Other conservative intellectuals have sought to revive conservatism in order to appeal to the working class. In March 2019, a manifesto entitled “Against the Dead Consensus” was published by First Things, a redoubt of the Christian right that once provided the intellectual sustenance of George W. Bush’s evangelical extremism. While stopping short of endorsing the president himself, the authors of the manifesto wrote that “the Trump phenomenon has opened up space in which to pose these questions anew,” asserting that “any attempt to revive the failed conservative consensus that preceded Trump would be misguided and harmful to the right.” In its place, they support a muscular faith-based politics, support for an idealized American worker, and anti-immigrant nationalism. They reject a pernicious individualism that they associate with the market fundamentalism of the right, the left’s embrace of transgender and abortion rights, and the “pornographization of daily life” in popular culture.

This post-liberal battle cry has found an unlikely champion in Harvard Law professor Adrian Vermeule, a respected and influential scholar who has become the country’s foremost advocate of “integralism”—the idea that the political priorities of the state should be subordinated to the moral aims of the Catholic Church. In a bracing essay, James Chappel finds the roots of Vermeule’s theocratic illiberalism, counterintuitively, in the technocratic jurisprudence he has elaborated elsewhere with the moderately liberal Cass Sunstein. If the administrative state can be used to “nudge” (in Sunstein’s phrase) individuals toward optimal economic and public health outcomes, why couldn’t agencies staffed by integralists “nudge” the public toward appropriate moral behavior?

Ross Douthat is known for translating these internecine conservative debates into terms that liberal New York Times readers can understand. In an interview with Sitman and Sam Adler-Bell, we press Douthat to explain how his own conservatism fits within the currents of post-liberalism, populism, and nationalism roiling the right, and whether a Trumpism without Trump is possible. Douthat—long an advocate of pairing economic populism with social conservatism—offers perhaps too sanguine an account of how a post-fusionist GOP might rebuild itself after Trump, glossing over some real disagreements about the best way to imagine the national community. Our dialogue also draws out some of the overlap between left and right critiques of individualism, posing the question of whether a social democratic president like Bernie Sanders might offer a different answer to the crisis of liberalism than Trump has.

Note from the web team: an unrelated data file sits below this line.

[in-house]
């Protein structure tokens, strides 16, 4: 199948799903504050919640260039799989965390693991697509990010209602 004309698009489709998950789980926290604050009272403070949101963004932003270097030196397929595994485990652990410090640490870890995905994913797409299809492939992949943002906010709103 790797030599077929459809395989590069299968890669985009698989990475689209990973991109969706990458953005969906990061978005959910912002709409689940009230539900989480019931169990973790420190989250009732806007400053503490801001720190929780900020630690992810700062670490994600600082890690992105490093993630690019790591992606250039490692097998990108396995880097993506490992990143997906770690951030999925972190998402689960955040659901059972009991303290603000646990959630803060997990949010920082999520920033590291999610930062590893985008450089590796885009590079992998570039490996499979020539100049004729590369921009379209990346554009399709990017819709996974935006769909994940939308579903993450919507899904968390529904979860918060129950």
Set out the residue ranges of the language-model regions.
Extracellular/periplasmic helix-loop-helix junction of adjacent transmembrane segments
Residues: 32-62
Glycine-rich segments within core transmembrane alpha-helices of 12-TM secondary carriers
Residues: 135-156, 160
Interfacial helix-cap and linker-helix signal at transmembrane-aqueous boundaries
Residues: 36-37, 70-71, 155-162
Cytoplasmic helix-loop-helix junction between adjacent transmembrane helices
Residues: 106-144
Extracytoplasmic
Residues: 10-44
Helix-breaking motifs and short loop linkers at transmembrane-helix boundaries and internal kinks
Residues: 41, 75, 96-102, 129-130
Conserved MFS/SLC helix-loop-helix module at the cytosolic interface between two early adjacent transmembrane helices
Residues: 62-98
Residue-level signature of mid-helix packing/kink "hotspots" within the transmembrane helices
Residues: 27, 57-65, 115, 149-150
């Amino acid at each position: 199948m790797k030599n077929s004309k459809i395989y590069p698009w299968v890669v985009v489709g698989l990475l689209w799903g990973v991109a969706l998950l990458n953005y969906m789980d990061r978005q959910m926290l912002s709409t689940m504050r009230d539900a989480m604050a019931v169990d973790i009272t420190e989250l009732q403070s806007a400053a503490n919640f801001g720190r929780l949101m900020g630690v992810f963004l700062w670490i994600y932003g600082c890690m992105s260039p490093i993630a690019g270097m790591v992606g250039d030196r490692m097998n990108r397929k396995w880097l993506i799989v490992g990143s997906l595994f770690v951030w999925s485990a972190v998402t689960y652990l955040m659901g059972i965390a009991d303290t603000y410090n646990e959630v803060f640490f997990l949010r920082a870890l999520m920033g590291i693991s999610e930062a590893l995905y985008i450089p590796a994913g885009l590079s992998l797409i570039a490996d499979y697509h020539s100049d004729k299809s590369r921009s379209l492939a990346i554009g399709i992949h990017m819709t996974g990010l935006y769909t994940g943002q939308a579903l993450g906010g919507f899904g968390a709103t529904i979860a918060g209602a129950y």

Kirsten Weld concludes the section by widening our historical and geographic aperture to examine the ascendant Latin American right and its origins in the continent’s postcolonial histories. Her essay reminds us to look well beyond the twentieth century for answers to our contemporary predicaments. The racial, religious, and gendered hierarchies that conservatives across the globe seek to reconstitute and fortify are, ultimately, the inheritance of empire. And the task for the international left, as ever, is to eradicate the vestiges of colonialism and slavery from the structures of our societies.

Conservatism is hardly dead, and it may never die. The beneficiaries of existing social and economic hierarchies will always fight to maintain them against egalitarian movements for change. So too will the conservative longing for a lost or threatened sense of security, certainty, and rootedness serve as a powerful framework for opposing the imaginative promises of the egalitarian left.

But the certainty of resistance only raises our obligation to fight—and to know our enemy.

Sam Adler-Bell is a freelance writer in New York City and co-host of Know Your Enemy, a podcast sponsored by Dissent.

Matthew Sitman is associate editor of Commonweal, a frequent contributor to Dissent, and co-host of Know Your Enemy.

Lauren Stokes is an assistant professor of history at Northwestern University, where she teaches German history and writes about the politics of migration and gender.